Indeed, this covenant communion is the ultimate point of this creation account. God carefully constructs a world for the sake of human flourishing. Each of the first three days prepares the space for an aspect of creation later filled in the final three days. This meticulous attention indicates creation’s importance. Repeatedly, God views creation as “good” (Genesis 1:4, 10, 12, 18, 21, 25, 31). Accordingly, God creates humanity as the apex of this process. Humans are the image of God in the new habitation.1

Day 0 — Void and Vacuum (1:1-2)
Day 1 — Light (1:3-5)
Day 2 — Firmament, Waters above (1:6-8)
Day 3 — Land, Vegetation (1:9-13)
Day 4 — Lights (1:14-19)
Day 5 — Aviary and Marine Life (1:20-23)
Day 6 — Land animals, Humans, Food (1:24-31)
Day 7 — Creation Completed, Holy (2:1-3)

This importance for humanity is echoed in another text for this Sunday. Psalm 8 describes humans as a little lower than God, crowned with glory and honor (Psalm 8:3-5). Yet, we know that sometimes people do not experience life in these terms. In fact, Job turns this psalmist’s praise on its head when he pleads for relief: “What are human beings, that you make so much of them, that you set your mind on them, visit them every morning, test them every moment? Will you not look away from me for a while, let me alone until I swallow my spittle?” (Job 7:17-19).

Further, Paul tells us that sin has ensnared creation and humanity: “For the creation waits with eager longing for the revealing of the children of God” (Romans 8:19). Yet, Paul also informs us that just as sin, suffering, and death entered through human agency, now forgiveness, redemption, and reconciliation re-enter through the human life of Jesus Christ (Romans 5:17).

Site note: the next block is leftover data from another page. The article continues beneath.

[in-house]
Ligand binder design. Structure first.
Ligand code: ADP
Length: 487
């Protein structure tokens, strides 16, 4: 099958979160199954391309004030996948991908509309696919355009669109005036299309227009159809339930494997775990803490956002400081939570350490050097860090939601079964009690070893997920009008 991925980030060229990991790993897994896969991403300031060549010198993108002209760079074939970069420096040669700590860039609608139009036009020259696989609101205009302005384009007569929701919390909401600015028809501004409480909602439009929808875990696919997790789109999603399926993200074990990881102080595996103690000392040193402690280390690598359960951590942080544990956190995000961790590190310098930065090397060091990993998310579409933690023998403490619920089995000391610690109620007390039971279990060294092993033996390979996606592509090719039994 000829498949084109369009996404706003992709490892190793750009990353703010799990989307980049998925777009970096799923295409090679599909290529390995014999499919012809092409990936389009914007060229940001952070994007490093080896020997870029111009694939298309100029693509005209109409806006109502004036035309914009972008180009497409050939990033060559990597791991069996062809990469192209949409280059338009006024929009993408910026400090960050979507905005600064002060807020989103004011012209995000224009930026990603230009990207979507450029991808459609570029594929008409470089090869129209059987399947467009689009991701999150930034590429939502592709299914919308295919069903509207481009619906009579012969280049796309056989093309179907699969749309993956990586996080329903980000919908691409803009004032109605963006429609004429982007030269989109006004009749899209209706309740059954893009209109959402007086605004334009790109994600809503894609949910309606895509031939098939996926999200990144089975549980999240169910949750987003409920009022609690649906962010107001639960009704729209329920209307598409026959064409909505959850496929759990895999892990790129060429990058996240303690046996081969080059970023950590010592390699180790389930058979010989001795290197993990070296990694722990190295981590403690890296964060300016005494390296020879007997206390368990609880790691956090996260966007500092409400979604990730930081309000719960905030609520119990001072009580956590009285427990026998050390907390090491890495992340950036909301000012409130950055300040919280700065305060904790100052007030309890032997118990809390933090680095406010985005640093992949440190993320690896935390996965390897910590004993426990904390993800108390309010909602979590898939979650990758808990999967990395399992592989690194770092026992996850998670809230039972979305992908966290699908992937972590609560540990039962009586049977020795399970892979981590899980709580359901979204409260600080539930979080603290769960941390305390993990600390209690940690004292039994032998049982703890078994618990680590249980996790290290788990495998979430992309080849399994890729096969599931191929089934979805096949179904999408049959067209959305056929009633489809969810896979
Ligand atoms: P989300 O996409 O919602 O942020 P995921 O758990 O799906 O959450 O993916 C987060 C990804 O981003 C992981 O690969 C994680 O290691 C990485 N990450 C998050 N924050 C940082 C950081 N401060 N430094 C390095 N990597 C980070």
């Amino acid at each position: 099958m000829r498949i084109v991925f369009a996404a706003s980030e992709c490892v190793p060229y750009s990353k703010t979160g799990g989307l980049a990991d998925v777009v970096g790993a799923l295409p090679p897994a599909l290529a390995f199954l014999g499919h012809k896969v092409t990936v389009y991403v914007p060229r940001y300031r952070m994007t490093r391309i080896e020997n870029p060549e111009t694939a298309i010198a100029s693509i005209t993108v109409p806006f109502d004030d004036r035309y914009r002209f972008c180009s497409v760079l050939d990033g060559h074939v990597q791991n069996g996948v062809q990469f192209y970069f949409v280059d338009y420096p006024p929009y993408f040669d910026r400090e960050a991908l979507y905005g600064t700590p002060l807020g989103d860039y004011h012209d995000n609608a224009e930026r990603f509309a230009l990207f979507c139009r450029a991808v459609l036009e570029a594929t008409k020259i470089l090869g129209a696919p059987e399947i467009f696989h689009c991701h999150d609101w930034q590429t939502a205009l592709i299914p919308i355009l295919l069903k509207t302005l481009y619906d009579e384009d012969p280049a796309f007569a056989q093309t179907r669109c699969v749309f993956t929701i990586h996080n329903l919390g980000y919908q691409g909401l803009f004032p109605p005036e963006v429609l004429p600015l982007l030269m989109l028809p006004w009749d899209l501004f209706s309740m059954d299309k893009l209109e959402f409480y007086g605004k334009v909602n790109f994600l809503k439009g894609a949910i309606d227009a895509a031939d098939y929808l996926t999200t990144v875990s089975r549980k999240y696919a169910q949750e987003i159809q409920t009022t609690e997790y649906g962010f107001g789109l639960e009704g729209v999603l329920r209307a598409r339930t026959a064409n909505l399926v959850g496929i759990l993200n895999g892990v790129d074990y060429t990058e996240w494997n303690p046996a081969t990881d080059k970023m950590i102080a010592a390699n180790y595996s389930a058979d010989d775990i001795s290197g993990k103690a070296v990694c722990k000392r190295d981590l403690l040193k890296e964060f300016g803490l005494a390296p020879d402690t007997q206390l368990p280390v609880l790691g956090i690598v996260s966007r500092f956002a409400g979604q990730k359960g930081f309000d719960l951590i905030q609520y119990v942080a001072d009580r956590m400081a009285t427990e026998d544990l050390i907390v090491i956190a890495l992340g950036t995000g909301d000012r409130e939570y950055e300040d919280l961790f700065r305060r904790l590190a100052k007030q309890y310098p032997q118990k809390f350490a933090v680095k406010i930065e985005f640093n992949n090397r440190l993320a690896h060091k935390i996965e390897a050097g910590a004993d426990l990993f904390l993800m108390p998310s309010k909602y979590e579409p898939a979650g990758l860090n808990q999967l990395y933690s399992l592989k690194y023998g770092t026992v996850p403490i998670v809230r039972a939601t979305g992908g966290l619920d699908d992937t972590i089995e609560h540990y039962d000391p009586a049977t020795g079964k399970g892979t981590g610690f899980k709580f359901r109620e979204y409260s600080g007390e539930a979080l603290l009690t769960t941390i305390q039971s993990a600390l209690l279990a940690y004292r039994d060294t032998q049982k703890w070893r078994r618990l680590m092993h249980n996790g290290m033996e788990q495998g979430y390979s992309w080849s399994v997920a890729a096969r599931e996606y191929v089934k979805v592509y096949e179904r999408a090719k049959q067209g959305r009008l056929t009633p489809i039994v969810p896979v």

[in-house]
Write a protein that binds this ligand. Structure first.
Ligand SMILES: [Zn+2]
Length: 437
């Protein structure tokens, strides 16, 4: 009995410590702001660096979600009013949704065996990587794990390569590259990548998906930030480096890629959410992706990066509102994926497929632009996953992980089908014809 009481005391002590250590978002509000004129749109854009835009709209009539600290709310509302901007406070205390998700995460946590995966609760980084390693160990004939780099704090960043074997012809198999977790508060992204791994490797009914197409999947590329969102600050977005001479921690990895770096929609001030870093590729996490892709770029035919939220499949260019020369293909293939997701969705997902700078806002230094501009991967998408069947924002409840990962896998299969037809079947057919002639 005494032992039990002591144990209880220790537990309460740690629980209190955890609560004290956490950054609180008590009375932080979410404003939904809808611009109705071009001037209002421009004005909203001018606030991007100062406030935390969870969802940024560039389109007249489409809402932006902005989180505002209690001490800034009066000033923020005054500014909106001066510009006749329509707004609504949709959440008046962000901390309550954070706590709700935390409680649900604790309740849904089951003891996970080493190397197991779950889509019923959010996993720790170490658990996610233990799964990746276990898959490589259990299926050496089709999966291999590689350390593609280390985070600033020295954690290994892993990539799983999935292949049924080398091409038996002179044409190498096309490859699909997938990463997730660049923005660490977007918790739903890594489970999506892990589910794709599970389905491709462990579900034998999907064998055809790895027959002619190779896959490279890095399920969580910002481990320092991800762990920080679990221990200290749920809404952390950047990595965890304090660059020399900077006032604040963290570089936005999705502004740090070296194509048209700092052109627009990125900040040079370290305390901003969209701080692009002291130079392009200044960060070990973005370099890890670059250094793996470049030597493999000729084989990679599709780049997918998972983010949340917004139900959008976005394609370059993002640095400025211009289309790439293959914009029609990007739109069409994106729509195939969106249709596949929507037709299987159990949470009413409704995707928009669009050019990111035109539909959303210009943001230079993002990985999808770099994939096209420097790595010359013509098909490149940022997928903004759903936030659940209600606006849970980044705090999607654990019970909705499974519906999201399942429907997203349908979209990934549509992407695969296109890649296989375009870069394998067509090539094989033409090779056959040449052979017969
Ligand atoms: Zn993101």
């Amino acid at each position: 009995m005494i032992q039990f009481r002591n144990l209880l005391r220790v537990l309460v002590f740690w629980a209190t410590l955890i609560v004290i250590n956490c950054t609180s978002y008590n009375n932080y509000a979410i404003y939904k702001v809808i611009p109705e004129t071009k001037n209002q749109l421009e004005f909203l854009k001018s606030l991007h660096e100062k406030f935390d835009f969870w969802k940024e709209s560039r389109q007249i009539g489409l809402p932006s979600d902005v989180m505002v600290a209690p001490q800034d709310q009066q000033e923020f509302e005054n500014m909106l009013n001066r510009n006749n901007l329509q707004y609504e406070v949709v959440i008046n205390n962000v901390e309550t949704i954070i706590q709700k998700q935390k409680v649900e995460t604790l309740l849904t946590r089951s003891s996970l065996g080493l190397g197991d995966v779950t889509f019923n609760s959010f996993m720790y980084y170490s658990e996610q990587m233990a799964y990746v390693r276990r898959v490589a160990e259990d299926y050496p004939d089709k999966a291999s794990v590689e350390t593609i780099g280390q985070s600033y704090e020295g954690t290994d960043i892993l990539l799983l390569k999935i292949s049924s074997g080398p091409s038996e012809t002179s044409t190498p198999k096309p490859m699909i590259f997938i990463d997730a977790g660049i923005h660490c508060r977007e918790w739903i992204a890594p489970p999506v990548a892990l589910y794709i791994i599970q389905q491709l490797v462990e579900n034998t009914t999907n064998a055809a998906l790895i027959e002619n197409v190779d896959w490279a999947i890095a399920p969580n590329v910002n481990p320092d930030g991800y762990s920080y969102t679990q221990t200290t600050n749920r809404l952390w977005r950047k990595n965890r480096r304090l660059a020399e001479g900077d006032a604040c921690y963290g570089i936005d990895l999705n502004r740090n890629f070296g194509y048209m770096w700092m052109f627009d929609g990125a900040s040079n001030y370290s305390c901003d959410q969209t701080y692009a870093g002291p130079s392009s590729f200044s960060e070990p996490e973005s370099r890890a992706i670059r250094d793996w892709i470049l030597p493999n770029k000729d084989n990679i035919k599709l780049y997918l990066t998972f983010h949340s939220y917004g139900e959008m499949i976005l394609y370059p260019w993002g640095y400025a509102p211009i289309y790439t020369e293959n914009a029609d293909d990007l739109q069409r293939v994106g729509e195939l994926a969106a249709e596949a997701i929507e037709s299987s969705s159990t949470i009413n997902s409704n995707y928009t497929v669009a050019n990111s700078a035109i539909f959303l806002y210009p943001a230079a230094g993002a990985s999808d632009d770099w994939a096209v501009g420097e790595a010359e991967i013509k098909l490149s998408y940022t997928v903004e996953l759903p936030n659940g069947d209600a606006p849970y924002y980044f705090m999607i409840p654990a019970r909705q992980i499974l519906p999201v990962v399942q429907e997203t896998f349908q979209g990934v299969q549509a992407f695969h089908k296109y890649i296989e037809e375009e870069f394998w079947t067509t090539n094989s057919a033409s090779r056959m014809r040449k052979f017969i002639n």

Likewise, the book of Hebrews describes Jesus Christ as the human who redeems his siblings. In fact, the writer cites Psalm 8, but now applies it to Christ: “As it is, we do not yet see everything in subjection to them, but we do see Jesus, who for a little while was made lower than the angels, now crowned with glory and honor because of the suffering of death, so that by the grace of God he might taste death for everyone” (Hebrews 2:8b-9).

Thus, Christ’s incarnation is the culmination of God’s condescension begun in creation. This confirms that there is no end to God’s grace. God created humans in the divine image as creation’s caretakers. Yet, when humanity proves irresponsible, God accommodates in the person of Jesus Christ.

Now, in Christ and through the Holy Spirit’s power, human beings are called again to represent God’s mission in the world. Indeed, Christians are called to model God’s grace in their expressions of congregational communion, thereby attracting outsiders to a new identity. For the minister, this expression is encapsulated by imitating God’s condescension through the proclamation of Holy Scripture. May each sermon address its listeners where they are, calling them to a renewed life in Christ for the sake of the world.

1 For this schema of the days, see William P. Brown, The Seven Pillars of Creation: The Bible, Science, and the Wonder of Ecology (New York: Oxford University Press, 2010), 38-39. Brown ends the first creation account at 2:3, instead of 2:4a.


Commentary on Psalm 8

Fred Gaiser

A problem with our hearing of Psalm 8, as with so many other biblical texts, may be our affluence.

Most of us are so used to being more or less well off and more or less comfortable that we have difficulty hearing the text from the margin, from the perspective of the underdog or the endangered. The result is not only confusion, but potentially destructive misuse.